Global markets: Asian shares slip on trade deal worry, dollar defensive

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Published: November 1, 2019 7:54:21 AM

The latest blow to hopes that the world's two largest economies will reach a deal to end their bruising nearly 16-month trade war comes despite comments from Trump on Thursday that the countries would soon announce a new site for the signing of a "Phase One" trade deal after Chile cancelled a planned summit set for mid-November.

Global markets, Asian shares, Sino-US trade, US economic data, Asia-Pacific shares, global stock markets, MSCI, Nikkei, Brent crudeChinese officials doubt that a comprehensive long-term trade deal with Washington and U.S. President Donald Trump is possible, Bloomberg reported on Thursday, citing unnamed sources. (Reuters photo)

Asian shares fell on Friday in a weak start to the month and off three-month highs struck this week on fresh concerns over Sino-U.S. trade prospects and ahead of U.S. economic data, while the dollar eased against major rivals. Chinese officials doubt that a comprehensive long-term trade deal with Washington and U.S. President Donald Trump is possible, Bloomberg reported on Thursday, citing unnamed sources.

The latest blow to hopes that the world’s two largest economies will reach a deal to end their bruising nearly 16-month trade war comes despite comments from Trump on Thursday that the countries would soon announce a new site for the signing of a “Phase One” trade deal after Chile cancelled a planned summit set for mid-November. MSCI’s broadest index of Asia-Pacific shares outside Japan was down 0.09% on the day, and about 0.5% lower than three-month highs touched Thursday.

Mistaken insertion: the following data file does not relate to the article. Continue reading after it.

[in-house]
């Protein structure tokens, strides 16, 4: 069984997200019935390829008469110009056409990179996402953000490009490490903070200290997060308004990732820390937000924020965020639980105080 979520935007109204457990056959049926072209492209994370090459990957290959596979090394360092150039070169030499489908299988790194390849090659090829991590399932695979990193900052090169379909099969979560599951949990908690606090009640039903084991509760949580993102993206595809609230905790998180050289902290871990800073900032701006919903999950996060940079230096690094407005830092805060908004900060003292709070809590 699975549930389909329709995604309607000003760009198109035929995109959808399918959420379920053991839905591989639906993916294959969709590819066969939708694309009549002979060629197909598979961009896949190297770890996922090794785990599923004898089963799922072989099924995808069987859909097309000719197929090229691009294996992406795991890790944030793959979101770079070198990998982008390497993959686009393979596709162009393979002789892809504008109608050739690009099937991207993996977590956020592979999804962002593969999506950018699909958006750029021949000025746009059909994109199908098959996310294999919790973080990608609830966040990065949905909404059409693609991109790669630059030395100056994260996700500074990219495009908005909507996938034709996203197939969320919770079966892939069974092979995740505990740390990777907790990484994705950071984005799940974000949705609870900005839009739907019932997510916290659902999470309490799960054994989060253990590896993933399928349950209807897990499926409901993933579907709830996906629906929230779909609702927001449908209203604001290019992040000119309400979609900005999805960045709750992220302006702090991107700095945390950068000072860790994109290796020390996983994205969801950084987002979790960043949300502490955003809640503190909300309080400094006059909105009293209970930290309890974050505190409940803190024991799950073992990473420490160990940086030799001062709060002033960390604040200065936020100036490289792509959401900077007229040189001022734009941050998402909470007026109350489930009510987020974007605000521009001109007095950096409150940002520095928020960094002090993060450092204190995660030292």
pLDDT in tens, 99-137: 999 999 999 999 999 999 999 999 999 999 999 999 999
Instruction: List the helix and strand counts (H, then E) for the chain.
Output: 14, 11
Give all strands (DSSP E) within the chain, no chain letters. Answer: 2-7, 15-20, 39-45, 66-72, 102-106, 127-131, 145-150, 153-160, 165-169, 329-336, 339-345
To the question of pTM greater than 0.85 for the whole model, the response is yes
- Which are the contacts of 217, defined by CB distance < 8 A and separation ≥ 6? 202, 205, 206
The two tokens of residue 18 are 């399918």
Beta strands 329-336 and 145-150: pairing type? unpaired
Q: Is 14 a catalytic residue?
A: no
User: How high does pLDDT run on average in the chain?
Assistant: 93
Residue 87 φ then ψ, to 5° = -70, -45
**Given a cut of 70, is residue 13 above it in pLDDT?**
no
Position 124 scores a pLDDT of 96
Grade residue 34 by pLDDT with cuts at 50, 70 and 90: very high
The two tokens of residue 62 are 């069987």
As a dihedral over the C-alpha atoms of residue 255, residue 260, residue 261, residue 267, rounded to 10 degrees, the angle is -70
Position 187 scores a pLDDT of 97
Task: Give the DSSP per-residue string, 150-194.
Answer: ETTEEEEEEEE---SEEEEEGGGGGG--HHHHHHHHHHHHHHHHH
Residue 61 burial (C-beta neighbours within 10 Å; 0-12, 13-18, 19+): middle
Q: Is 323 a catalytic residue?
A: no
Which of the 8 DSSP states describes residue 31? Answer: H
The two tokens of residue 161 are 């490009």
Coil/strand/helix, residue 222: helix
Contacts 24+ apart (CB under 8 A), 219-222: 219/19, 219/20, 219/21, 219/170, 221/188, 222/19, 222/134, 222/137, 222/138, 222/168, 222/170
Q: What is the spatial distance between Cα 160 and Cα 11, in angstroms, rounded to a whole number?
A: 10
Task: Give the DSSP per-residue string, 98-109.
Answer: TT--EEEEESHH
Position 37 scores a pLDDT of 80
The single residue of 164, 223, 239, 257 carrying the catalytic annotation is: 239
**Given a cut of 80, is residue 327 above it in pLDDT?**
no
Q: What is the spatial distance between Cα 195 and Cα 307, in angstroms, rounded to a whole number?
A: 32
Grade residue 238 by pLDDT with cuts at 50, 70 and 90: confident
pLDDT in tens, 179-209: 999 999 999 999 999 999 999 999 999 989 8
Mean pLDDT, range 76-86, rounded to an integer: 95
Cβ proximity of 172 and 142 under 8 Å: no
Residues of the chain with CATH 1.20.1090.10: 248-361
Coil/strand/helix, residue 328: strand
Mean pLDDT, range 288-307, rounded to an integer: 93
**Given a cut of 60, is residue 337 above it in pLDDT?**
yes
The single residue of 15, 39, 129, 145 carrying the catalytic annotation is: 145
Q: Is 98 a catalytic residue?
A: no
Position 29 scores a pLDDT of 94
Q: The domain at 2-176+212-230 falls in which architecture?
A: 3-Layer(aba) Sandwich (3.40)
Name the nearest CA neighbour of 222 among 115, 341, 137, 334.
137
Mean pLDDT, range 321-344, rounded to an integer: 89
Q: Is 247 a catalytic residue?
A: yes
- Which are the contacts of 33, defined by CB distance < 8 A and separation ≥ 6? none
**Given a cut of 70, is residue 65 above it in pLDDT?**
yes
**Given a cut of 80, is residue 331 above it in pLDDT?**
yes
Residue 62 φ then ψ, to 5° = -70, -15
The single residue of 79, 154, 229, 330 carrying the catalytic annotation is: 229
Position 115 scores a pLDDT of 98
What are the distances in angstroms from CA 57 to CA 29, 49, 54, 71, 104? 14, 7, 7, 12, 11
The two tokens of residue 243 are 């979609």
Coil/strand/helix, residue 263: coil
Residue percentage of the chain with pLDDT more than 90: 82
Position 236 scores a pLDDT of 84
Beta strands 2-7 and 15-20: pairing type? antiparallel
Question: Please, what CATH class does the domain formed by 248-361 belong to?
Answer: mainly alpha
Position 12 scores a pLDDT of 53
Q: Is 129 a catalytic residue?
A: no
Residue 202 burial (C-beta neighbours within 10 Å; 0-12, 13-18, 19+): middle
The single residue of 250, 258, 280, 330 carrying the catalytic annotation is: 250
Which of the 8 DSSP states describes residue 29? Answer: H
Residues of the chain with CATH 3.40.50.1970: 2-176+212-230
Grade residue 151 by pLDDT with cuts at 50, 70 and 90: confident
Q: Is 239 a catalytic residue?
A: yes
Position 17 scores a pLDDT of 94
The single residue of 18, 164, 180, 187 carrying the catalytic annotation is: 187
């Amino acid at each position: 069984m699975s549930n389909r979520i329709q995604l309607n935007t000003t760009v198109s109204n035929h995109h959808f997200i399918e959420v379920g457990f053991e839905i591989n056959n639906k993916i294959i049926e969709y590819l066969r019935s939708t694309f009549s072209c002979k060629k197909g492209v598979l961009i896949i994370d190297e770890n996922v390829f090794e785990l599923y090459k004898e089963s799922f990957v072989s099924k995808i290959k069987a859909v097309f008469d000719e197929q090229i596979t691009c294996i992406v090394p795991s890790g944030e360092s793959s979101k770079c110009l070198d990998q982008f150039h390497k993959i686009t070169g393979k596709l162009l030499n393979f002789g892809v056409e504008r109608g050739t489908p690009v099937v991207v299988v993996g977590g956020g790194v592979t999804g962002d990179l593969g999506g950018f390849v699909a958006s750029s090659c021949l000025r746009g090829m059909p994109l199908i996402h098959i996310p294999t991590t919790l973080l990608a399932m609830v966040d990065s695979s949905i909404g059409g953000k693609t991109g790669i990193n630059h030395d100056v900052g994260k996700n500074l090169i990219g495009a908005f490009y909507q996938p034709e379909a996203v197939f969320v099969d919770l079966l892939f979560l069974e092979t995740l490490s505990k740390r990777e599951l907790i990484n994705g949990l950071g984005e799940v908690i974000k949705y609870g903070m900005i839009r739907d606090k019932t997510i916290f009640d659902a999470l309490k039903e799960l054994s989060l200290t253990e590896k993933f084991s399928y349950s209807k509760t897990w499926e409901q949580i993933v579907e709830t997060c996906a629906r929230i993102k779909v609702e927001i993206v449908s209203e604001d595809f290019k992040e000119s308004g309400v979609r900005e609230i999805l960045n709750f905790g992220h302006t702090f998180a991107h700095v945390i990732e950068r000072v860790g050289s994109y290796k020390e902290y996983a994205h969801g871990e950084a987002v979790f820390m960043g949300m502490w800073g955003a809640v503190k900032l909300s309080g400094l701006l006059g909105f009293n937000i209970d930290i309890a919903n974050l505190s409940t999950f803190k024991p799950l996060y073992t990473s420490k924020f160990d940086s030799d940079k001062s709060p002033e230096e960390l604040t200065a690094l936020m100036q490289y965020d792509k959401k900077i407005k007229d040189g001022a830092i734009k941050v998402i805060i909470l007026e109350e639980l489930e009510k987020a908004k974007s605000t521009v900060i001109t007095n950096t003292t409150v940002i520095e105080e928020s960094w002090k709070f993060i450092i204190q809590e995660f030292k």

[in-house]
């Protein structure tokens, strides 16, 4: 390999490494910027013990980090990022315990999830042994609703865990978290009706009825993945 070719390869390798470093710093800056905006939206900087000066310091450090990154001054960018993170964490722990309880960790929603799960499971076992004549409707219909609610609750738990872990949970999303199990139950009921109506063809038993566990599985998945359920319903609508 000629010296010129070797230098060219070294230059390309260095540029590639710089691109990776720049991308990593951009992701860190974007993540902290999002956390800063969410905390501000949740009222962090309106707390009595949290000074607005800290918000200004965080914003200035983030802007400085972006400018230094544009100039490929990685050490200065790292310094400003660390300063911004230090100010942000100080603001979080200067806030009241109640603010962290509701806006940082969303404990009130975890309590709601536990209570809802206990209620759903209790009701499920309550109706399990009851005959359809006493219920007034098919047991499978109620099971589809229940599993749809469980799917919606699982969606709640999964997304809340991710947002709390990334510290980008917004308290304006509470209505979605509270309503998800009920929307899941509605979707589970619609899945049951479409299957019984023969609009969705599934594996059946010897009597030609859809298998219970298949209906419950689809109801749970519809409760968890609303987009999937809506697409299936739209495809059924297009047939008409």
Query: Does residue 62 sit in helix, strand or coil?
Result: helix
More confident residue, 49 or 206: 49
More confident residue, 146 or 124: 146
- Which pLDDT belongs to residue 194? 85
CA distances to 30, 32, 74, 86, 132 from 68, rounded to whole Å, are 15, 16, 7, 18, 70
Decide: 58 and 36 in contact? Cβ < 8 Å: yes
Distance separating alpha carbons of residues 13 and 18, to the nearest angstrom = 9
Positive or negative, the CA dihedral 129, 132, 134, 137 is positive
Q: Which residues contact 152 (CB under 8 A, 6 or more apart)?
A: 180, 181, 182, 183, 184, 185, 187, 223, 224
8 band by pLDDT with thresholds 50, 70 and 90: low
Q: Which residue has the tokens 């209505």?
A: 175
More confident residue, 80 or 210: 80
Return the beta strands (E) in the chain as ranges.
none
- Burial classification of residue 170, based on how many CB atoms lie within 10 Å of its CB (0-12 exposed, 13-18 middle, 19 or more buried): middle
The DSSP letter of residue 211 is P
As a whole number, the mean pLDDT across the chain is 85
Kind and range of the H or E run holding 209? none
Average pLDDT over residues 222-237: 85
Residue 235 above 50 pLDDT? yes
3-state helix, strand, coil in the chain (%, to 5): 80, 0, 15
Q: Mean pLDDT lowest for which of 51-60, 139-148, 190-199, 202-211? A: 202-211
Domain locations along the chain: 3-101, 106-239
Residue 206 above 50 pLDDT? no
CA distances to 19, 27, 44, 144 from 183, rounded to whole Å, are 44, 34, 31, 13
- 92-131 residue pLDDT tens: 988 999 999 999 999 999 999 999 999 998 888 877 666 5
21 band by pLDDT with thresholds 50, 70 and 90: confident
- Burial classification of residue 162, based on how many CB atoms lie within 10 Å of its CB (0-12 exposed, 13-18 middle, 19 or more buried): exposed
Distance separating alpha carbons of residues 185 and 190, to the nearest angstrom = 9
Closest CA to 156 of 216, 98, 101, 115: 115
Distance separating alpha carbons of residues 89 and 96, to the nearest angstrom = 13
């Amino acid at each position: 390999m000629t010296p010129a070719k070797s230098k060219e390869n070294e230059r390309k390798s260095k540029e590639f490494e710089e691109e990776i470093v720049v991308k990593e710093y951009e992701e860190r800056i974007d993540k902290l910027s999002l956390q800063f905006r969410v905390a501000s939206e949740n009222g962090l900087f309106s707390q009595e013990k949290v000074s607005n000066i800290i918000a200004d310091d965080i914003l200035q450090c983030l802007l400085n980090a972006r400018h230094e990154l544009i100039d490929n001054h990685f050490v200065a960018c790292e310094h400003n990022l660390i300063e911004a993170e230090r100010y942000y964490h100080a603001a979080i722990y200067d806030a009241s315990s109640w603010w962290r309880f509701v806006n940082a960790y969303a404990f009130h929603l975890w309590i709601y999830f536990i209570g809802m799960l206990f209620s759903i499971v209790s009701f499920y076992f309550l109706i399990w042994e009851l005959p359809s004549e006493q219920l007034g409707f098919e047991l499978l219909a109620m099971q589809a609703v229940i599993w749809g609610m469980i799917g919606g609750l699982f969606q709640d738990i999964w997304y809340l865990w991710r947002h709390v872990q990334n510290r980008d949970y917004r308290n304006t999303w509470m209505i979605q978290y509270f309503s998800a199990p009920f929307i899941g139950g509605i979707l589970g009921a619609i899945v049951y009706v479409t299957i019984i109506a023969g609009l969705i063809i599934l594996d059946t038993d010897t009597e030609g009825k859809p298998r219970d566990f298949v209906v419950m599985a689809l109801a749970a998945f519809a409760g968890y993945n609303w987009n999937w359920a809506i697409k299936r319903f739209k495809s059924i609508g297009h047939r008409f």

The losses in Asia mirrored falls in global stock markets on Thursday, as MSCI’s gauge of equity performance in 47 countries fell from 20-month highs. The index continued to ease on Friday, trimming 0.07%. Japan’s Nikkei slid 0.63% in early trade, and Australian shares were 0.12% lower.

News of China’s doubts over a trade deal was “not entirely unexpected”, Greg McKenna, strategist at McKenna Macro, said in a morning note to clients, noting that the falls in equity markets were relatively small. Retreats in the S&P 500 and the U.S. 10-year Treasury yield indicated some technical resistance in the market, he said.

“Either way, today’s deluge of manufacturing PMI’s and then U.S. non-farm (payrolls) tonight will be an important factor in where markets head next,” McKenna said. The Institute for Supply Management is due to release data from its survey of purchasing managers on Friday. A separate PMI survey released Thursday by the Chicago Fed showed a sharper contraction in midwestern manufacturing activity for October.

The yield on benchmark 10-year Treasury notes was a touch higher at 1.6927% compared with its U.S. close of 1.691% on Thursday. The two-year yield, sensitive to market expectations of Federal Reserve policy, was at 1.5279% compared with a U.S. close of 1.526%. The Fed cut interest rates for a third time this year on Wednesday to help sustain U.S. growth, but signalled there would be no further reductions unless the economy takes a turn for the worse.

In the currency market, the dollar was a touch weaker against the safe-haven yen, trimming 0.06% to 107.95. The euro was 0.04% higher on the day at $1.1155, while the dollar index, which tracks the greenback against a basket of six major rivals, was down 0.07% at 97.285 on the day. The dollar index has fallen 0.56% this week. U.S. crude ticked up 0.26% to $54.32 a barrel and Brent crude rose 0.07% to $59.66 per barrel. Spot gold eased, trimming 0.04% to $1,512.57 per ounce.

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